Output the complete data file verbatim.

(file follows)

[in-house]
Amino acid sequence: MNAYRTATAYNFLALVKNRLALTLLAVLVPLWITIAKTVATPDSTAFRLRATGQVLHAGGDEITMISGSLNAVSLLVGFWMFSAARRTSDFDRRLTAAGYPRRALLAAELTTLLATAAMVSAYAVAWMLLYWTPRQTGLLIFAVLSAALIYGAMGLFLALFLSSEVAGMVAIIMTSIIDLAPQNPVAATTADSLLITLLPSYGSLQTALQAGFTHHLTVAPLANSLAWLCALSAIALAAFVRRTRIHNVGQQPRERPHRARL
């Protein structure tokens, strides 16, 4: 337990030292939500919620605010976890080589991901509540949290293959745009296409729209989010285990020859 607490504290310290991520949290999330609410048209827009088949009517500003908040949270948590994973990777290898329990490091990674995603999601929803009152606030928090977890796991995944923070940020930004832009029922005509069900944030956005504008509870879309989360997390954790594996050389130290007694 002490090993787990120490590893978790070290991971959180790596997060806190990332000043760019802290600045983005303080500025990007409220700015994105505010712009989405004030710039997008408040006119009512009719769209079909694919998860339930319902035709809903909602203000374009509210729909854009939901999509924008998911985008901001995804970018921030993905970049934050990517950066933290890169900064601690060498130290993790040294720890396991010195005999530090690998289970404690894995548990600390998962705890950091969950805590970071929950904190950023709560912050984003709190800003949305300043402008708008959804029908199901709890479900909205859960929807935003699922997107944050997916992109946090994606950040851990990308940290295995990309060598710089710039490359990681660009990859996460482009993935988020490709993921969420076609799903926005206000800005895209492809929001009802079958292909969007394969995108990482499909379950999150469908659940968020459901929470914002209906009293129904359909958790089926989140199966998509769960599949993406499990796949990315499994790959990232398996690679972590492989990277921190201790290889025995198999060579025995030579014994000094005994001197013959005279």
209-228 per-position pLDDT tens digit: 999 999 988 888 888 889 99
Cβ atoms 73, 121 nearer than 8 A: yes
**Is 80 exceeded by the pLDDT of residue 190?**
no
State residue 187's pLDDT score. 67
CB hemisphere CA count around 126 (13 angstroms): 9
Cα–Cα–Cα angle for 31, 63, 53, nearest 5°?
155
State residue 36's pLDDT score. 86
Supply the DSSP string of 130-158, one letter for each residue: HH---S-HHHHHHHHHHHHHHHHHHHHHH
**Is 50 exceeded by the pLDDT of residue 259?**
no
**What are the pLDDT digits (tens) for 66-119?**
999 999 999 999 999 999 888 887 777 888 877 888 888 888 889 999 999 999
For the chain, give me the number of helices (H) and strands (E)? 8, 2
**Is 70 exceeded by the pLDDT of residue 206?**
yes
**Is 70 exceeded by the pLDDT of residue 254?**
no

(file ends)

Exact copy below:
[in-house]
Amino acid sequence: MNAYRTATAYNFLALVKNRLALTLLAVLVPLWITIAKTVATPDSTAFRLRATGQVLHAGGDEITMISGSLNAVSLLVGFWMFSAARRTSDFDRRLTAAGYPRRALLAAELTTLLATAAMVSAYAVAWMLLYWTPRQTGLLIFAVLSAALIYGAMGLFLALFLSSEVAGMVAIIMTSIIDLAPQNPVAATTADSLLITLLPSYGSLQTALQAGFTHHLTVAPLANSLAWLCALSAIALAAFVRRTRIHNVGQQPRERPHRARL
């Protein structure tokens, strides 16, 4: 337990030292939500919620605010976890080589991901509540949290293959745009296409729209989010285990020859 607490504290310290991520949290999330609410048209827009088949009517500003908040949270948590994973990777290898329990490091990674995603999601929803009152606030928090977890796991995944923070940020930004832009029922005509069900944030956005504008509870879309989360997390954790594996050389130290007694 002490090993787990120490590893978790070290991971959180790596997060806190990332000043760019802290600045983005303080500025990007409220700015994105505010712009989405004030710039997008408040006119009512009719769209079909694919998860339930319902035709809903909602203000374009509210729909854009939901999509924008998911985008901001995804970018921030993905970049934050990517950066933290890169900064601690060498130290993790040294720890396991010195005999530090690998289970404690894995548990600390998962705890950091969950805590970071929950904190950023709560912050984003709190800003949305300043402008708008959804029908199901709890479900909205859960929807935003699922997107944050997916992109946090994606950040851990990308940290295995990309060598710089710039490359990681660009990859996460482009993935988020490709993921969420076609799903926005206000800005895209492809929001009802079958292909969007394969995108990482499909379950999150469908659940968020459901929470914002209906009293129904359909958790089926989140199966998509769960599949993406499990796949990315499994790959990232398996690679972590492989990277921190201790290889025995198999060579025995030579014994000094005994001197013959005279």
209-228 per-position pLDDT tens digit: 999 999 988 888 888 889 99
Cβ atoms 73, 121 nearer than 8 A: yes
**Is 80 exceeded by the pLDDT of residue 190?**
no
State residue 187's pLDDT score. 67
CB hemisphere CA count around 126 (13 angstroms): 9
Cα–Cα–Cα angle for 31, 63, 53, nearest 5°?
155
State residue 36's pLDDT score. 86
Supply the DSSP string of 130-158, one letter for each residue: HH---S-HHHHHHHHHHHHHHHHHHHHHH
**Is 50 exceeded by the pLDDT of residue 259?**
no
**What are the pLDDT digits (tens) for 66-119?**
999 999 999 999 999 999 888 887 777 888 877 888 888 888 889 999 999 999
For the chain, give me the number of helices (H) and strands (E)? 8, 2
**Is 70 exceeded by the pLDDT of residue 206?**
yes
**Is 70 exceeded by the pLDDT of residue 254?**
no